"To learn from people, you have to listen to them with respect." - Marshall Goldsmith
“Are you listening to me?”
Chances are, you’ve been asked this question before. If you hear it too often, it’s a good sign that you lack listening skills; and not listening to others, whether that be colleagues or family members, is a fundamental sign of disrespect. Think about it, how do you feel when you’re not being heard?
It’ a bad habit, and you got to fix it. Now. Are you listening?
Listening is not the opposite of talking—just because you’re silent doesn’t mean you are actively listening. If you’re bored, distracted, or too busy concentrating on your own response, you’re listening passively.
Learning how to be a great and “active” listener is vital to the success of your professional and personal life because your ability to listen is directly related to your ability to learn and improve. It separates you from the GREAT and the-not-so-great.
It seems simple enough, but it’s not easy.
When you’re supposed to be listening, are you already thinking ahead as to what you’ll say next? Or maybe you’re distracted or just plain bored. Either way, you’re not paying attention to what is being said, and your lack of attention will reveal itself in your response, frustrating the speaker when you’ve missed the point and fail to contribute in a meaningful way to the conversation.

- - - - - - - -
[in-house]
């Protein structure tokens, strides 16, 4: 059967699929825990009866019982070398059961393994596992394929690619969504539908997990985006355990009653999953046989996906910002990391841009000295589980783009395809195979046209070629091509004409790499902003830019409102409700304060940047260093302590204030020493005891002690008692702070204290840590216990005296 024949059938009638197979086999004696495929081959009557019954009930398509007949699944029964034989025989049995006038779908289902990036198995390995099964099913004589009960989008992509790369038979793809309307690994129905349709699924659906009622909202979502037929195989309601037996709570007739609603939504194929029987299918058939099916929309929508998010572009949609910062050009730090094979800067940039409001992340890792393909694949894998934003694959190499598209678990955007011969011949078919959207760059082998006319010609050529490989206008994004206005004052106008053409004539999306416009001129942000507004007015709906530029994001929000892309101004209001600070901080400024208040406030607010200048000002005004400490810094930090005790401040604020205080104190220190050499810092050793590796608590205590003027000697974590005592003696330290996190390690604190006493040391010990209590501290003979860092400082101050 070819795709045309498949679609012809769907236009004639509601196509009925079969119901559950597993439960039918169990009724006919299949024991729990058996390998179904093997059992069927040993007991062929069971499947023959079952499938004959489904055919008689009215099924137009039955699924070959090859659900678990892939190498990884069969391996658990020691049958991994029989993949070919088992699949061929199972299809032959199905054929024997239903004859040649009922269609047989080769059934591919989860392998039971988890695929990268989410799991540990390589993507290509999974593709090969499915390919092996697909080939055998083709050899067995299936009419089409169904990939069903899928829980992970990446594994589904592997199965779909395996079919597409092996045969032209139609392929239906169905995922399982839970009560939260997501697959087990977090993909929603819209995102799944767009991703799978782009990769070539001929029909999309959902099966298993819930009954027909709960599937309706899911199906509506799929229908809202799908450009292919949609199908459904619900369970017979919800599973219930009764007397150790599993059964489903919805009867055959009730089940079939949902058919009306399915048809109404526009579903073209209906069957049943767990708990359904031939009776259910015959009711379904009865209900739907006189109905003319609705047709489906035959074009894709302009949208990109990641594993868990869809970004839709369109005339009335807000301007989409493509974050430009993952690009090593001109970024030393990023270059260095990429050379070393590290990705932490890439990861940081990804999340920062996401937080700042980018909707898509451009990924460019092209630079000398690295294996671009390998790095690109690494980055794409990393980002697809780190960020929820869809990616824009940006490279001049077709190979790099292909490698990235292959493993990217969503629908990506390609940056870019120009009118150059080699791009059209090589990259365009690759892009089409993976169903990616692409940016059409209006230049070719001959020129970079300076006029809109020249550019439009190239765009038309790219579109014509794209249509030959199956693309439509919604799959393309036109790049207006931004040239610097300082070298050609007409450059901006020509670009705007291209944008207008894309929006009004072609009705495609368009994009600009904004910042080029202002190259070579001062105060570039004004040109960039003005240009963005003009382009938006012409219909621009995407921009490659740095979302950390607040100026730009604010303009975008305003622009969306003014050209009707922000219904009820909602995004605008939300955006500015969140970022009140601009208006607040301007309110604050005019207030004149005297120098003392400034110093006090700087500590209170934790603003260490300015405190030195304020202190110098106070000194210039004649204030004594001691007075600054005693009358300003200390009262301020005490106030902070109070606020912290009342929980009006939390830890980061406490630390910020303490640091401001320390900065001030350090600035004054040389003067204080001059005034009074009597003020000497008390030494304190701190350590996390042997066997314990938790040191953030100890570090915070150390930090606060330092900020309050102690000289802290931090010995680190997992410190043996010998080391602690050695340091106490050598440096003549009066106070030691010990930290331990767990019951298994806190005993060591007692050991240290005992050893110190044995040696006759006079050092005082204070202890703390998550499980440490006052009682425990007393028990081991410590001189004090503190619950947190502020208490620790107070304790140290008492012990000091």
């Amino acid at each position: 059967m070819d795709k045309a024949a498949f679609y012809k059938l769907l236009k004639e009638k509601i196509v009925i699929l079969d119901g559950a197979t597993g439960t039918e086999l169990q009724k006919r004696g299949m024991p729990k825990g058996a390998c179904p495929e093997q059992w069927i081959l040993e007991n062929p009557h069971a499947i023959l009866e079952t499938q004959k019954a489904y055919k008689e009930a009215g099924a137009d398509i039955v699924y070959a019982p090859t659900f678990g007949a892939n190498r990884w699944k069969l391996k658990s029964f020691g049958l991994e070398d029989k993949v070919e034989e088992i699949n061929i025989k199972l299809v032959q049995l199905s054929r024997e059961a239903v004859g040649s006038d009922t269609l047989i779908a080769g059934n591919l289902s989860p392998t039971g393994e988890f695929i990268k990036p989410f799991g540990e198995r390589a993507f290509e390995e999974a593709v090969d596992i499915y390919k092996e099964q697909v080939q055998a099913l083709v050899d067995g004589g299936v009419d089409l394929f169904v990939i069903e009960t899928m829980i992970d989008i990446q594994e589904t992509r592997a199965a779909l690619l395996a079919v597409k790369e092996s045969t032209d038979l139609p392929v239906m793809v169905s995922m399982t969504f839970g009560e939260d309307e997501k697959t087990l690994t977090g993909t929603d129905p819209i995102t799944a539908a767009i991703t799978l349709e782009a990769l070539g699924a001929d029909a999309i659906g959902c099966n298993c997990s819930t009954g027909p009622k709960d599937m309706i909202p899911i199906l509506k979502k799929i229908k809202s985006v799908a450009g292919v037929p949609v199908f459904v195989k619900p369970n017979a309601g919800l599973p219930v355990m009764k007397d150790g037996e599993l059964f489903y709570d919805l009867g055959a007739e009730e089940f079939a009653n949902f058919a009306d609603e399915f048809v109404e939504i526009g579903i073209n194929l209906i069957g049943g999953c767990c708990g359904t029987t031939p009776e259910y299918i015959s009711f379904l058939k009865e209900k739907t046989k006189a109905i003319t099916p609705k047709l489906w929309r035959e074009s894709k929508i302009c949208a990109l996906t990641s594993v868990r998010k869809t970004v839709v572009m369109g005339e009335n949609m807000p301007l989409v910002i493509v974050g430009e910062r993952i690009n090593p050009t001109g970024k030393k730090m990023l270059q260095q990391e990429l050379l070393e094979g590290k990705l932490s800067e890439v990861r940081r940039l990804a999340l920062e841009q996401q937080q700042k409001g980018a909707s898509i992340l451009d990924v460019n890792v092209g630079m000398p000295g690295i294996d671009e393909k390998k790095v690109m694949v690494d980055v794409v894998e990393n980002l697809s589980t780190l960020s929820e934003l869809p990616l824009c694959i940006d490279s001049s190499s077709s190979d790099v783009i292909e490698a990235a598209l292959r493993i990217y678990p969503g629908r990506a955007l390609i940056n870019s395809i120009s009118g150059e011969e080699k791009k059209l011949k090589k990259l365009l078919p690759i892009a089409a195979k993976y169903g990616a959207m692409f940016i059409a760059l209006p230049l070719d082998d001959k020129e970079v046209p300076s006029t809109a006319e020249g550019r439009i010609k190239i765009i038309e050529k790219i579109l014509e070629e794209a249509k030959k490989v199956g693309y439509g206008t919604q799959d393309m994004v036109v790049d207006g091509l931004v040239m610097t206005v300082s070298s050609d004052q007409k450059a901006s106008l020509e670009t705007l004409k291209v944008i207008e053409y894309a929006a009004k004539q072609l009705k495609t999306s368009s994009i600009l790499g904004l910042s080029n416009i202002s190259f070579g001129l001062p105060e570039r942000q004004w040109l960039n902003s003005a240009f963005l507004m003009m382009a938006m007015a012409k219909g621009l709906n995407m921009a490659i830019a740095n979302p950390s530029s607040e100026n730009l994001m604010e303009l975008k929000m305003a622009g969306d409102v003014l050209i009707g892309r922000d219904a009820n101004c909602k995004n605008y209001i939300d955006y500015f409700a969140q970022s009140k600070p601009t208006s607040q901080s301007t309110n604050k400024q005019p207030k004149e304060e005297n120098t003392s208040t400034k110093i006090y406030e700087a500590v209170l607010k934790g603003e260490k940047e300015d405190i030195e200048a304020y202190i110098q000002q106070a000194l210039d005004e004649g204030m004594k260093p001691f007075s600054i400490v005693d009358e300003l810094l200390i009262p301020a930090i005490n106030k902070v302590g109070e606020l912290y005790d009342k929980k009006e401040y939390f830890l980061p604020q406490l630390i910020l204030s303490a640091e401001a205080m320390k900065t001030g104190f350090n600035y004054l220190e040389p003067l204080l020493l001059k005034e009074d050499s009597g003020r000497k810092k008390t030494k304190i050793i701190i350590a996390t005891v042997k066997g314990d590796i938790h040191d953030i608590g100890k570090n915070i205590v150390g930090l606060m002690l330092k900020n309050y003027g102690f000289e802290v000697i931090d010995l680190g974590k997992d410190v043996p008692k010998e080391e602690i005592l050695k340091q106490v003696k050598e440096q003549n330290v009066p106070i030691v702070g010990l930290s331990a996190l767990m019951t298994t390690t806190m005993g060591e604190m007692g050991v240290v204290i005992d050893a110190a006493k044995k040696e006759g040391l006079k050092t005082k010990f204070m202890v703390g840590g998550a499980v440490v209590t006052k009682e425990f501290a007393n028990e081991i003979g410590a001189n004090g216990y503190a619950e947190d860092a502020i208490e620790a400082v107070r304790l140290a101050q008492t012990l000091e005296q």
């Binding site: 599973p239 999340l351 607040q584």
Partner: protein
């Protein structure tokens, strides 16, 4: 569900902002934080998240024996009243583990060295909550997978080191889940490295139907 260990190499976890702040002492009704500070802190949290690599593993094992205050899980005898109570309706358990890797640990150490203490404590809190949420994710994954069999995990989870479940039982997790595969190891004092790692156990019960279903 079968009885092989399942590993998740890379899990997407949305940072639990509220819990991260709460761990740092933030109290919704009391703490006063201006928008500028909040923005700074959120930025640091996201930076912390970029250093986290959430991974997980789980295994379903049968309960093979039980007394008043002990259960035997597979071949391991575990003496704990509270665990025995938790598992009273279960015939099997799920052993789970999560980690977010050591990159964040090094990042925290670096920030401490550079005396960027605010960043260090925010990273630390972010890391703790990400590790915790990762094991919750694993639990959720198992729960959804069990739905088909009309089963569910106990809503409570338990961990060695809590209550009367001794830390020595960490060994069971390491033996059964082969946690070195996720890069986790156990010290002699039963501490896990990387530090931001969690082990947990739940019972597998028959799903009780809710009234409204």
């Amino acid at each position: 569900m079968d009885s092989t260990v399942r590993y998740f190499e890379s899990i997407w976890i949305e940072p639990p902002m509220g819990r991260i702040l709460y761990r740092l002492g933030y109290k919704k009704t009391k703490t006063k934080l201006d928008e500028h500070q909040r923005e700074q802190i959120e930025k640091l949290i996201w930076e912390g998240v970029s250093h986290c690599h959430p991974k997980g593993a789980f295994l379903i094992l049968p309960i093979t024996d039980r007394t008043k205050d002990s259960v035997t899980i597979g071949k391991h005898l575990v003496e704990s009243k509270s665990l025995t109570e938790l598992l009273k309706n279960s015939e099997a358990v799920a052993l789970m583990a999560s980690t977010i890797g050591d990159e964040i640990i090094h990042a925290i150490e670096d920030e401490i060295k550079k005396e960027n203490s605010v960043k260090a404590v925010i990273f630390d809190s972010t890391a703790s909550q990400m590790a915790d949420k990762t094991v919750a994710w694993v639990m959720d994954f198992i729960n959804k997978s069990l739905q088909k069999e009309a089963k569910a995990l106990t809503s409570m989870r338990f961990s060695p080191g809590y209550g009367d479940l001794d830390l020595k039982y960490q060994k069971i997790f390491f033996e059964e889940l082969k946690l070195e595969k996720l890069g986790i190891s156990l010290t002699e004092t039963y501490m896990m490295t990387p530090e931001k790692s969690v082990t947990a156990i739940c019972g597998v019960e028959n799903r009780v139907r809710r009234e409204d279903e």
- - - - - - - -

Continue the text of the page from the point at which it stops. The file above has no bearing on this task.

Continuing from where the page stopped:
If you’re not listening you won’t inspire others to speak up or share their ideas or collaborate with you in the future. Here’s why: people tend to not think highly of people with poor listening skills. Ouch.
Think about when you’re “set to impress,” such as when on a date or meeting with someone important. What are your listening skills like then? Probably a heck of a lot better because you want him or her to like you and you’re trying to make that person feel special.
In order to carry this kind of active listening forward into all of your conversations, you need to acquire some mental discipline (we will look at the 3 elements and the 5 steps to active listening in our next posts).
How would you rate your own listening skills on a scale of 1 - 10 (1 being poor, 10 being great)?
Join the discussion on sageCrowd’s Marshall Goldsmith Channel and learn the steps to better listening and share with others who are improving their listening skills.
Visit www.sagecrowd.com to find out more.
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